Look at this chart of GDP in Russia and Australia. They are essentially on par with us — perhaps more when oil revenues are high, less at other times. Russia is not a big force in the global economy. Like us, it has few global brands that matter. Like us, it exports some raw materials. The way it is unlike us is you don’t see us destabilising the global economy by launching cruise missiles at our neighbours.
We could do to PNG — a former Australian dependency — what Russia is doing to Ukraine. But do we? No. We are quiet. We keep our military assets mostly at home (jaunts in Iraq, Afghanistan, and perhaps Timor-Leste the exceptions.)
Look at Russia’s place in the world. It is not an exceptional country by population or by GDP. You can see why Joe Biden recently called it “Upper Volta with nuclear weapons”.
The phrase Biden used, by the way, is an updated version of an old Cold War phrase “Upper Volta with rockets”, the exact provenance of which, is, like all good quotes, murky as hell.
Russia was once mighty and is now run of the mill. But Biden’s quip highlights the key factor — it speaks to the importance of nukes. That’s what makes Russia special. It’s not the overall military spending, which is comparable to many other countries and a fraction of the two big powers.
All the other nuclear-armed countries spend a fair bit on their militaries too. This includes the other four signatories to the non-proliferation treaty — the US, UK, China, and France. Plus India, North Korea, and Pakistan, who make no secret of their nukes. And also Israel, who keep their nukes sort of secret but also want their neighbours to know they have them.
Biden’s quip was supposed to direct scorn at Russia’s underdevelopment and its citizens’ lack of wealth. Ladas and borscht. Grim, grey apartments. But what it does for me is draw my attention to how a binary issue — whether or not you have nuclear weapons — determines a lot of your clout in the world.
When Iraq rolled into Kuwait in 1992, America pushed them back. Iraq didn’t have nukes; it was an easy choice. George H W Bush won that war swiftly. But when Russia rolled into Crimea in 2014, America whistled and looked the other way. Nuclear powers can get away with things. Kim Jong-un knows this. Knew it all along, persevered, won, and is smiling today. Xi Jinping probably knows it but is having the lesson refreshed. The boys at the PLA outposts opposite Taiwan have a spring in their step today.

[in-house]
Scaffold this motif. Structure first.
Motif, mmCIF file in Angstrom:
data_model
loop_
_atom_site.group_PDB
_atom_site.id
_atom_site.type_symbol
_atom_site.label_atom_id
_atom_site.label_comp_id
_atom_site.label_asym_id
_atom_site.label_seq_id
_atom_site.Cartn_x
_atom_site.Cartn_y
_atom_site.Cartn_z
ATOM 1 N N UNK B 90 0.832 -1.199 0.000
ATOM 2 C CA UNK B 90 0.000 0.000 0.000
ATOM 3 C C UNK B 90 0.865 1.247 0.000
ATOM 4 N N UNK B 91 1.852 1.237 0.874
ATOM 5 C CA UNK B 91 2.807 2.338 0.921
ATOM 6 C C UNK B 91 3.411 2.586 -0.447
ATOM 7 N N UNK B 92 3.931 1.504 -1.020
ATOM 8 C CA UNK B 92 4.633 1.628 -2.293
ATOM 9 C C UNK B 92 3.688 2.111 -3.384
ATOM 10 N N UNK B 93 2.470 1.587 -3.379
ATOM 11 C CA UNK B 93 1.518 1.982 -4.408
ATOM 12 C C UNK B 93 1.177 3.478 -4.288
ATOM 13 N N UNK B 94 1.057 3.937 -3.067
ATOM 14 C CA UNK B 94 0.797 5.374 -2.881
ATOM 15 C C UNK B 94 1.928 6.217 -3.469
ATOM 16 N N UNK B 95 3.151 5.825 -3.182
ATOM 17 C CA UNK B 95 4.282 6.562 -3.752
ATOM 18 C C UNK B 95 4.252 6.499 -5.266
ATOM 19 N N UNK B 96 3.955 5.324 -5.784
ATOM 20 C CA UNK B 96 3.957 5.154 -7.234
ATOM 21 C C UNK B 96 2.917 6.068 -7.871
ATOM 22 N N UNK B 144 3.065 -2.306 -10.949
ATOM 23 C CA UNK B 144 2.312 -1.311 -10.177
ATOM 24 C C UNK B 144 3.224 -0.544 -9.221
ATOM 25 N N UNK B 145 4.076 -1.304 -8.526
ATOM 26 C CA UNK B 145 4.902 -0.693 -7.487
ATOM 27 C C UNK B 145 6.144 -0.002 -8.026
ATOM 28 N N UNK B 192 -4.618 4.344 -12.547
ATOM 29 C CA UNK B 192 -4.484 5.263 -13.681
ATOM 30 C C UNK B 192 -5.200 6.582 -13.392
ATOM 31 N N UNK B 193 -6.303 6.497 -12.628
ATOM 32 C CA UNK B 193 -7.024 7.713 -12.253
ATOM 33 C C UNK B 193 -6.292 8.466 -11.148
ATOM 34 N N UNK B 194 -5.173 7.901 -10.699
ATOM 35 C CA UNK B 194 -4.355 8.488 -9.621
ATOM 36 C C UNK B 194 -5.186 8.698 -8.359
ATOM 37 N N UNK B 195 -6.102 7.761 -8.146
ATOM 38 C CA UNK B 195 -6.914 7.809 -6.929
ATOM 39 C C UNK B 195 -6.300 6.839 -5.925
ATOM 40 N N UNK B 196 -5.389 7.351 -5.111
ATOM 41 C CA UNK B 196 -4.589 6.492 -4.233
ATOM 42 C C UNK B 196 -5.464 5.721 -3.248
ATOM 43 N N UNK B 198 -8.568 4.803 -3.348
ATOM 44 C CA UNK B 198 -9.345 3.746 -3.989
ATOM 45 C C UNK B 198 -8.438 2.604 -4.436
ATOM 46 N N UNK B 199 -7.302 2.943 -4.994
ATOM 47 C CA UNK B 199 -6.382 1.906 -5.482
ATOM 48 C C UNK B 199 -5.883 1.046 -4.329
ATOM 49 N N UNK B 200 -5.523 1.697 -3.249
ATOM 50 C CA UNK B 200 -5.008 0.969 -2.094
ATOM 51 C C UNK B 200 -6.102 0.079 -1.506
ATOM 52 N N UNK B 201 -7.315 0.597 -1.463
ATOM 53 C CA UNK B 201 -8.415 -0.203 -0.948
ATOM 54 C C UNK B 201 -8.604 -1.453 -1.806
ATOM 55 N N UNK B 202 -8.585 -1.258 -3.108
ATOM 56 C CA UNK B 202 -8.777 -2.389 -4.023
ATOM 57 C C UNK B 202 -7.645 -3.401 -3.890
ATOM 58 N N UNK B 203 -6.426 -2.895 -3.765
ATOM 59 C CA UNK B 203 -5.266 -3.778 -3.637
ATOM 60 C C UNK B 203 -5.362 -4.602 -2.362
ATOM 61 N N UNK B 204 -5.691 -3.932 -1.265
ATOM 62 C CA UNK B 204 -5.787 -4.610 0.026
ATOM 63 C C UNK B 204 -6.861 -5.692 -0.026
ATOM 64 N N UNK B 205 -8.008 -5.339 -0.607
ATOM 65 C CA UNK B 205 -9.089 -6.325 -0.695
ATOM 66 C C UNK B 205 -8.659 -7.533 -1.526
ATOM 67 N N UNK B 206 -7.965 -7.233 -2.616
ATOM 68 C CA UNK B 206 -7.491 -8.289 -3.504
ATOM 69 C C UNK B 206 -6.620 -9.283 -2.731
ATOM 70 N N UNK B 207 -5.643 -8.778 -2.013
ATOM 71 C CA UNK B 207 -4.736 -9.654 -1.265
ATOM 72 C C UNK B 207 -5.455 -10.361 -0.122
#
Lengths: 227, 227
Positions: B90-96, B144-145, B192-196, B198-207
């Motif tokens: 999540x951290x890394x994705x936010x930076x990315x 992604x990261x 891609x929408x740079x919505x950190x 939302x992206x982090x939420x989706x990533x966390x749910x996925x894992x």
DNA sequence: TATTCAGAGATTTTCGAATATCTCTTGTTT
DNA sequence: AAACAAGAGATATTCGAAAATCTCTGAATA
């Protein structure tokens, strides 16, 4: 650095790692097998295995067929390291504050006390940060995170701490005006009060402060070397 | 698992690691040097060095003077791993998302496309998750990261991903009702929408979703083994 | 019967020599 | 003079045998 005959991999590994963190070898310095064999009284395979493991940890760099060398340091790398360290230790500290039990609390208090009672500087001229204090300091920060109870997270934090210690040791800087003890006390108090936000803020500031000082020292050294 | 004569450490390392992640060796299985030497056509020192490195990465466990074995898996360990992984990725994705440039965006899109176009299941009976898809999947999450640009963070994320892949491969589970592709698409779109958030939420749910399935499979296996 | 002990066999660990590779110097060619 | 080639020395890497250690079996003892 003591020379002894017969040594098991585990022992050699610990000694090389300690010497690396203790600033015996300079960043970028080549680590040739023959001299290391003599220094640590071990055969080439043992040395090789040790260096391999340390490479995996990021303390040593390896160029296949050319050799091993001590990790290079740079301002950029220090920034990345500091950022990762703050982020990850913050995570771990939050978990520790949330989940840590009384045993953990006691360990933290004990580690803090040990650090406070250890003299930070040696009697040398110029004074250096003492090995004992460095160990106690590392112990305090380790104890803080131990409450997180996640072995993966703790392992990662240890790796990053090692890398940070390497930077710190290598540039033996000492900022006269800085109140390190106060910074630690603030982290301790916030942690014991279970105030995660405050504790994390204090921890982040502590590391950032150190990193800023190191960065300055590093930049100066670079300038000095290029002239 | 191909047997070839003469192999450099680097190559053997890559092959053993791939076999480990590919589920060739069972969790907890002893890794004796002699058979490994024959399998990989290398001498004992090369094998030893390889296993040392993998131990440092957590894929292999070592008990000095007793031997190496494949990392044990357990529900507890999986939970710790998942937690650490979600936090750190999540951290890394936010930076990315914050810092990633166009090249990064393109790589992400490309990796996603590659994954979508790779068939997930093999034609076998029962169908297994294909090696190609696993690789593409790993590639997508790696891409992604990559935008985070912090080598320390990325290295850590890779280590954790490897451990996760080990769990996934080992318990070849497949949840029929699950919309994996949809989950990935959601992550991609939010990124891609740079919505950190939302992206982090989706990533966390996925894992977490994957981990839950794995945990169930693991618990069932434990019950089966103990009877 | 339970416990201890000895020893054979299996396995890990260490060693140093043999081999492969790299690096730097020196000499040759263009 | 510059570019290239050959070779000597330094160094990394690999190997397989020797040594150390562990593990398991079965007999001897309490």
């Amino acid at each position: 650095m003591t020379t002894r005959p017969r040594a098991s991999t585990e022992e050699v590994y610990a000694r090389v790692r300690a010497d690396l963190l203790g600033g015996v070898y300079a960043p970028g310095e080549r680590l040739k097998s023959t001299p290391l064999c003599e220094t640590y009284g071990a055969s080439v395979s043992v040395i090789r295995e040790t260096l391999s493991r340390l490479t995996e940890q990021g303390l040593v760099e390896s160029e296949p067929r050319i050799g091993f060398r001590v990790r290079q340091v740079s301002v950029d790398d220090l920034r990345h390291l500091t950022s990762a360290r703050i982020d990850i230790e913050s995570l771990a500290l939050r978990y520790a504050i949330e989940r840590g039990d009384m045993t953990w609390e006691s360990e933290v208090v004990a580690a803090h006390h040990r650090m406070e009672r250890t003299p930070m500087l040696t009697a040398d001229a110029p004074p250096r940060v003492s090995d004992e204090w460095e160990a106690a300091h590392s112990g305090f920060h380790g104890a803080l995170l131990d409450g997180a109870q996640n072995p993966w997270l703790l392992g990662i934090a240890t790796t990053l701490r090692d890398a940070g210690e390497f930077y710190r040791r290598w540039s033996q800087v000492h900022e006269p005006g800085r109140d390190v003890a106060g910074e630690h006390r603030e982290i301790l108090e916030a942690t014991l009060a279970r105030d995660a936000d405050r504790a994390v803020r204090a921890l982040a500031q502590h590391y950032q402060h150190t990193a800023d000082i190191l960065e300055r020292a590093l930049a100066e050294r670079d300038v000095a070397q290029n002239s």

The nuclear non-proliferation treaty is a source of increased peace in our world. It is. In general. Four countries have given up their nukes, those being South Africa, Kazakhstan, Belarus, and… oh yeah, one other: Ukraine.
In the aftermath of the USSR, Ukrainian territory had lots of nuclear weapons. They eventually gave them up in exchange for security guarantees. In 1994, the Ukraine president went to Budapest and signed a piece of paper that said his country would join the nuclear non-proliferation treaty and give up its nukes. In exchange, the United States, the Russian Federation, and the United Kingdom agreed to assure its sovereignty and territorial integrity.
That deal was not worth a bag of potatoes. The UK and US didn’t abide by it, and Russia crapped all over it. What we discovered this past week was extremely disappointing. Alliances and deals don’t get you very far. Threats of sanctions don’t deter. Countries that want to be safe from nuclear powers need to arm themselves.
This is probably why stock in Lockheed Martin and Raytheon is outperforming the market so strongly in the last month. Bitter lessons are being learned. Might matters. More than GDP, that’s for sure. The cost will be a more dangerous world.